A secure computer monitor that uses polarization technology to keep your information safe.IndieGoGo Page
An internet router that doubles as a firewall, IP address blocker, antivirus, and personal encrypted cloud.Project Page
A secure, open source, all in one tablet that can be used as a desktop computer and living room console.Project Page
An open source anonymization service based on OpenVPN and Tor, with servers hosted in-house.Project Page
Open source technology is a form of technology whose source materials, code, and designs are made publicly available for anyone to see. This increases the transparency of the code, which in turn increases its trustworthiness. As a general rule, open source encryption systems in particular are typically much more secure than secretive, proprietary alternatives.
Some people believe that security through obscurity is the best model to use, as it keeps your security information secret from potential attackers. The problem with this theory is that it doesn’t work. In the end, there are multiple attacks that can be used to find vulnerabilities within proprietary software. The same methods that are easily used by cyber criminals, however, are not so easy for security auditors to use. It’s much easier to audit an open source software project for vulnerabilities than a proprietary project, and as an added bonus, the added transparency discourages secret back doors.
We plan to release Nimbus within 24 months of the first shipments of Pluto. Apollo and Gemini are both scheduled to be released 18 months after the release of Nimbus.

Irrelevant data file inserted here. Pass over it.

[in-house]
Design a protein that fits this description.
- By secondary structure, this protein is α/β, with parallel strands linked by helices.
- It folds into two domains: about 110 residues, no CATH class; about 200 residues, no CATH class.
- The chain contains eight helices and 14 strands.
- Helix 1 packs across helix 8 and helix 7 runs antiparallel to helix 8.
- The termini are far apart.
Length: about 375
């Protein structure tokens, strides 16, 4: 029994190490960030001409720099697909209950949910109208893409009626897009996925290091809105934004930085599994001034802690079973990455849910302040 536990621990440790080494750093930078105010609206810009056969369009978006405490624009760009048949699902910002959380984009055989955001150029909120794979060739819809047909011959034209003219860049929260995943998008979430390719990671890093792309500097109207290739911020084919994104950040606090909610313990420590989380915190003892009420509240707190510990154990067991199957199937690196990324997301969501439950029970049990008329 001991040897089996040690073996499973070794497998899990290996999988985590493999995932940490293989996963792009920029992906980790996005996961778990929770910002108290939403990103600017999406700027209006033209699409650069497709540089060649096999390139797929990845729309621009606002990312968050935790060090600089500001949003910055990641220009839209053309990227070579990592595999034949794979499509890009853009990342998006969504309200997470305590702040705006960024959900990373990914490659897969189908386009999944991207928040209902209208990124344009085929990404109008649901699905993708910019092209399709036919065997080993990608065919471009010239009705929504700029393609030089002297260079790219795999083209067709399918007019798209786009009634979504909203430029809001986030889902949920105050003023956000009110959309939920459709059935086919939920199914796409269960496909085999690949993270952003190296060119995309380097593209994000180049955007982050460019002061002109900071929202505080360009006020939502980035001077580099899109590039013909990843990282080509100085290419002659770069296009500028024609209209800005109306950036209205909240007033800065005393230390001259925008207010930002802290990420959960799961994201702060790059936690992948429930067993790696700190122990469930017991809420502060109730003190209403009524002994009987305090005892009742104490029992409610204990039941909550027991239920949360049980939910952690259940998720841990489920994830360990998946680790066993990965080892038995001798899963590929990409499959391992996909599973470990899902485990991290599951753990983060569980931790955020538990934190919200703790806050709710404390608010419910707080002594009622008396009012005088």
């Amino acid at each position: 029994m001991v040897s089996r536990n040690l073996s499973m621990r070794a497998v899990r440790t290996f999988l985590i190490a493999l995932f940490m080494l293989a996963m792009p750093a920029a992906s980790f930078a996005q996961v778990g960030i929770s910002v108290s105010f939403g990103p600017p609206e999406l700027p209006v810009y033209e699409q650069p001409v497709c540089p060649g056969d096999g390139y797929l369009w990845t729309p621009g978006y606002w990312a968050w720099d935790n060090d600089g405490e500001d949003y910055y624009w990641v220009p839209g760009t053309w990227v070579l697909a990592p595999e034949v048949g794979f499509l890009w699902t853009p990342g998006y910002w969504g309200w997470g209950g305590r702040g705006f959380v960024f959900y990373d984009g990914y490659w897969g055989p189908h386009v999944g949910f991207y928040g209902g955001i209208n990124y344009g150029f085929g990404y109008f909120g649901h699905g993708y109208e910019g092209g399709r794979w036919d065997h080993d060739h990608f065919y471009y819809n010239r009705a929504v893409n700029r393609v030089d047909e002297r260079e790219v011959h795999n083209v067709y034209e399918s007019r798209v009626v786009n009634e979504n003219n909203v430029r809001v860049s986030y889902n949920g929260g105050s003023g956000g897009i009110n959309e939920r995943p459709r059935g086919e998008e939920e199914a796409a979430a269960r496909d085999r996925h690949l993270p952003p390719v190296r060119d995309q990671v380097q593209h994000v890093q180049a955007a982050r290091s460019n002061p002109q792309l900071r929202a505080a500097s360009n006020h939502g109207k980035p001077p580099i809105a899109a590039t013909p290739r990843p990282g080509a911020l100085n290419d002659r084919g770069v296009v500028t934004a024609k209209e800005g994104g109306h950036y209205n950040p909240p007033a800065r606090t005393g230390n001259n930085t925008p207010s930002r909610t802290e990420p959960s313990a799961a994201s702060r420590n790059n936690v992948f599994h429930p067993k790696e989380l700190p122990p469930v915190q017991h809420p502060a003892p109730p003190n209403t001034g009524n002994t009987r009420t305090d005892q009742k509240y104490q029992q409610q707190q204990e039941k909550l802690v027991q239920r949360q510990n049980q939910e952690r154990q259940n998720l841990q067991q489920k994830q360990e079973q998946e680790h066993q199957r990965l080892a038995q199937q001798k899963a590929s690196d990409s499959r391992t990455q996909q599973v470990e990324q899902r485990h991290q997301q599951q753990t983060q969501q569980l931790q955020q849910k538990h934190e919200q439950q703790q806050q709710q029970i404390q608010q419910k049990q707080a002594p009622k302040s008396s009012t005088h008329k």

Pluto is based on a concept originally posted on Hackaday that uses the polarization filters in an LCD screen. A normal LCD screen has two filters, and if you remove the filter in the front of the screen and place it in a pair of glasses, only the wearer of the glasses has the necessary polarization film to see what’s on the screen.
No. We plan to use a custom GPL-style license that both protects our source code from being copied and used in proprietary products, as well as any extensions to our code. In particular, Pluto is a public domain concept, and thus cannot be patented by anyone. We believe this is how technology should be.
Once we finalize Pluto, we intend to start working on Nimbus immediately. As we progress through development, we will share our plans publicly. Some of the details surrounding these projects have already been decided on, such as our intent to use a RISC-V CPU in all future projects that require a microprocessor. More detailed project pages will be published soon.
Not at the moment, but we should be within a few months’ time. Positions that will likely open up in the near future include: Customer Support, Web Development, Software Engineering, Systems Analysis, Penetration Testing, Physical Security, Applied Cryptography, Materials Engineering, Industrial Design, Audio/Video Production, Graphics Processor Engineering/Design, and General Purpose Microprocessor Engineering/Design. If you think your skills could benefit LDS, shoot us an email at firstname.lastname@example.org. All LDS email addresses support GPG encryption.